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Advice from Local Psychologist on Covid-19 Isolation

Hello, I'm Luisa, CEO and founder of My Family Psychologist. I am delighted to offer some advice to David Auld clients during these unprecedented times.

Germs, hygiene, and fear of coughs and colds are a common concern in the absence of a pandemic. Recent studies suggest over 1 in 40 adults suffer with this condition and an increasing G number of children; 1 in 100. In the context of the Covid-19 outbreak these worries become problematic in the normal population also. Anxiety can be seen as the common cold of mental illness, and therefore more common than not.

Of course, the natural instinct in such situations is to learn as much as we can, turning to Google searches and watching the news. This has the uncomfortable consequence of raising our anxiety and expanding our concerns. The news does not really tell us anything new. It's is all a repetition of what has already happened; war, floods, plagues, famine. They are new, but the stories are old.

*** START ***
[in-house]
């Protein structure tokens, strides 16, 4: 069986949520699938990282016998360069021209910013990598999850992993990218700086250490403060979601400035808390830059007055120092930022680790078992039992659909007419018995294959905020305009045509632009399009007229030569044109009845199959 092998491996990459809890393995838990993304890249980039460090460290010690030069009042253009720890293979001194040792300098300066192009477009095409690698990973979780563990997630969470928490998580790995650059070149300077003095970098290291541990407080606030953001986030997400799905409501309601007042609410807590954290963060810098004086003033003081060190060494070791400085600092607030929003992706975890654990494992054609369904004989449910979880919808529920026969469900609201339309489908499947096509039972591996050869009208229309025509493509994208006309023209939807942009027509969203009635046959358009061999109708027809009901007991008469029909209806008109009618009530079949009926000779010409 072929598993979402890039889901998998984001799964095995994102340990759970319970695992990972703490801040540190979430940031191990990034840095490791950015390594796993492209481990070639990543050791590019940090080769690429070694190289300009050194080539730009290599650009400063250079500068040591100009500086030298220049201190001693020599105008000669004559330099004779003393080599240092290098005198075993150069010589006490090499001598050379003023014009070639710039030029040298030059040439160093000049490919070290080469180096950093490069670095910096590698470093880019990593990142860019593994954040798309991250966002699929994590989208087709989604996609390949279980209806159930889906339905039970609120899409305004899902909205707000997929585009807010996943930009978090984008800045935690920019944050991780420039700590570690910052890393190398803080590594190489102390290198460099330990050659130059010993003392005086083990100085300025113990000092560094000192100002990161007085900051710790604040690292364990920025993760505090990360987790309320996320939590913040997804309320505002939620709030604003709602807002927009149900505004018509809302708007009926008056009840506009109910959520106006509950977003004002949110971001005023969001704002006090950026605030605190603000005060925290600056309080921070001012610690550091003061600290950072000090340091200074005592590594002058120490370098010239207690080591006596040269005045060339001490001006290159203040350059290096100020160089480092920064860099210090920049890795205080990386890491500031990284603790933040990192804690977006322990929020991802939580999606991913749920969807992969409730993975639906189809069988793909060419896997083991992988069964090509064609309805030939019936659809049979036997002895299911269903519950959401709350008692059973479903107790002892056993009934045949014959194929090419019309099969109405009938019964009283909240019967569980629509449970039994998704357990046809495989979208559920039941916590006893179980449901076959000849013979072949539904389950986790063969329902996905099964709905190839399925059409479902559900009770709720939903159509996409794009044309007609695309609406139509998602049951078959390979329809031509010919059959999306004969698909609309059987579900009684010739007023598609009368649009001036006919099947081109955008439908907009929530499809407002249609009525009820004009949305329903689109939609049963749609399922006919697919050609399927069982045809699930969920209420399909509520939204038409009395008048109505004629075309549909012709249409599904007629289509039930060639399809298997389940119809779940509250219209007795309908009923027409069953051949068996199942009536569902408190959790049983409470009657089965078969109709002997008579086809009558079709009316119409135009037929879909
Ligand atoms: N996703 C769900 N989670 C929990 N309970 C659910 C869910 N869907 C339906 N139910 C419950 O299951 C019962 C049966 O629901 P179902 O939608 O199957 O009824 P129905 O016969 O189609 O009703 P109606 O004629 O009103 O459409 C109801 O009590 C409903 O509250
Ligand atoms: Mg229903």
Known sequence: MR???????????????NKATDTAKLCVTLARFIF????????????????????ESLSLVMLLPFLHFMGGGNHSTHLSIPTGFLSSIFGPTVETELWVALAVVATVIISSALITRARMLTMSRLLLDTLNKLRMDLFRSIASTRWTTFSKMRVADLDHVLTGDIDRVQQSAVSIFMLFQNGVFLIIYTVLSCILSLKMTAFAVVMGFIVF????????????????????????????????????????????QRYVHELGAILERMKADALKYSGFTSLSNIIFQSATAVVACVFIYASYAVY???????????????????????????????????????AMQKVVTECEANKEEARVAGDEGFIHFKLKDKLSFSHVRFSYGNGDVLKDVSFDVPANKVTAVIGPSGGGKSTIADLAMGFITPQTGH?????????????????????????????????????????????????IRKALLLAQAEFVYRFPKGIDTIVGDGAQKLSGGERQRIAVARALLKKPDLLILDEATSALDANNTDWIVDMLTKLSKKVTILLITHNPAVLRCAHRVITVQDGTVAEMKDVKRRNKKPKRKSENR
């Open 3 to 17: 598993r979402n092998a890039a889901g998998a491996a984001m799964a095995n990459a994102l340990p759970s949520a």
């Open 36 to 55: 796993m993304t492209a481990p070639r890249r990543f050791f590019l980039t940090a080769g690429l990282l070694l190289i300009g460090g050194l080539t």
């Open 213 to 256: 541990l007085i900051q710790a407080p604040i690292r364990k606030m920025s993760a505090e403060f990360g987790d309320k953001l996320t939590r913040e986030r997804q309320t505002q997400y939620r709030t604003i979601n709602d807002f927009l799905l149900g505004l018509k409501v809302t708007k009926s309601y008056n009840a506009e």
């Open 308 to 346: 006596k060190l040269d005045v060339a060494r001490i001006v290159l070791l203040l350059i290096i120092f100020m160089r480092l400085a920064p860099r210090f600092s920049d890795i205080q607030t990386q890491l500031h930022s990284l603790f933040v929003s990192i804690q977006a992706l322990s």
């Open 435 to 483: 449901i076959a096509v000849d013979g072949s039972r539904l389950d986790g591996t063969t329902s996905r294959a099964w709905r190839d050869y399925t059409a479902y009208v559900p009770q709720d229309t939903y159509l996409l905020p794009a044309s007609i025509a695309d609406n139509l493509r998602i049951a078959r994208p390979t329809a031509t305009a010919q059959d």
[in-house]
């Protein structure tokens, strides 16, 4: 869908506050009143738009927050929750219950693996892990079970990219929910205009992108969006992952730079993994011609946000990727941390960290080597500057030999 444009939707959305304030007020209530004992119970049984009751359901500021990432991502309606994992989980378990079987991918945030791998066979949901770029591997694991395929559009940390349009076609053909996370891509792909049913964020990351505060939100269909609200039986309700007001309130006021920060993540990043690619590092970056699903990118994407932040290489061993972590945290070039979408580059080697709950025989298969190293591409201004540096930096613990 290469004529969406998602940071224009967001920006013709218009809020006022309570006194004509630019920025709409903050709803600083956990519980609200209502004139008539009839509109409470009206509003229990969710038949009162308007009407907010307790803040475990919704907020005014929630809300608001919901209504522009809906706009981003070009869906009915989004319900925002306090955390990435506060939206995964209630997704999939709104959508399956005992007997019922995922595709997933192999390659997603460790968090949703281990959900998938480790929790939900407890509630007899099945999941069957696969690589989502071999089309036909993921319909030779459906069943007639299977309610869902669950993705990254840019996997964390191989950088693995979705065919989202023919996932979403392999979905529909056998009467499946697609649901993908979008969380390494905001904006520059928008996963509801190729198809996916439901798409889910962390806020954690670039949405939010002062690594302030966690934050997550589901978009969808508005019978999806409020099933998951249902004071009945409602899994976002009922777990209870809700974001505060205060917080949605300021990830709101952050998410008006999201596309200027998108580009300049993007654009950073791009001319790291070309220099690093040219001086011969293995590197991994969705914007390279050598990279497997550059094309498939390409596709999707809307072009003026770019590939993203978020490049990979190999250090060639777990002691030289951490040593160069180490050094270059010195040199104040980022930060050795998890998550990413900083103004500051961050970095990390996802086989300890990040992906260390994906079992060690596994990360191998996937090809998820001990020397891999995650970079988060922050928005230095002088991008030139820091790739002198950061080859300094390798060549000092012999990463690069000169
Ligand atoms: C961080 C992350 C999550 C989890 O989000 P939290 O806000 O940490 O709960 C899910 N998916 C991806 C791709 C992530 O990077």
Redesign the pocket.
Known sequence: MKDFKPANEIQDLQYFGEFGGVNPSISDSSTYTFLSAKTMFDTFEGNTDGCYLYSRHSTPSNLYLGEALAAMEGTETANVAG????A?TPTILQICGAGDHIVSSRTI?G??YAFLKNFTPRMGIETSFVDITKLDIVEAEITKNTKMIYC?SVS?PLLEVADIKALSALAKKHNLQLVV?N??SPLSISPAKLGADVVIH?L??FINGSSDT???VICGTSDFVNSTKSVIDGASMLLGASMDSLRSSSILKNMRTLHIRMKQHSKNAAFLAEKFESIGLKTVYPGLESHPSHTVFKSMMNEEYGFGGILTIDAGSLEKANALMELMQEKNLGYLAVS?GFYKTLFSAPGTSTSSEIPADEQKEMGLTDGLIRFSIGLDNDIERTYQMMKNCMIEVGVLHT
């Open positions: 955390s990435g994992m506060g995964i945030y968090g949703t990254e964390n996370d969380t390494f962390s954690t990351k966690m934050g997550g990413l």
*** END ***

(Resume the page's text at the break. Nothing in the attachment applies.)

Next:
Aside from the general health advice we should all be following at this time, here is some psychological advice to help you cope during these times:

• Reduce watching the news, online research, and social media use. Previous research has found that as people read more about public health concerns on social media, their perception of risk increased.

• To reduce the risk of negative mental health outcomes for children during confinement, encourage close and open communication with your children. Encourage consideration of facts rather than opinion.

• Create and follow a routine. Maintaining a daily routine can help both adults and children preserve a sense of order and purpose in their lives despite the unfamiliarity of isolation and quarantine.

• Maintain virtual connections with friends and family. Isolation can increase loneliness and inflame mental health problems. Reach out to those you know who are in a similar situation. Facebook groups have already formed to facilitate communication and support among individuals asked to quarantine.

• Examine your worries and aim to be realistic in your assessment of them. Be your own therapist and challenge any worries. Try not to catastrophise; instead focus on what you can do and accept the things you can't change.

Luisa Williams has been working with children and families for over 20 years and provides an individualised service in psychological testing, diagnostics and evidence-based therapies. Call for a free consultation 07801 079555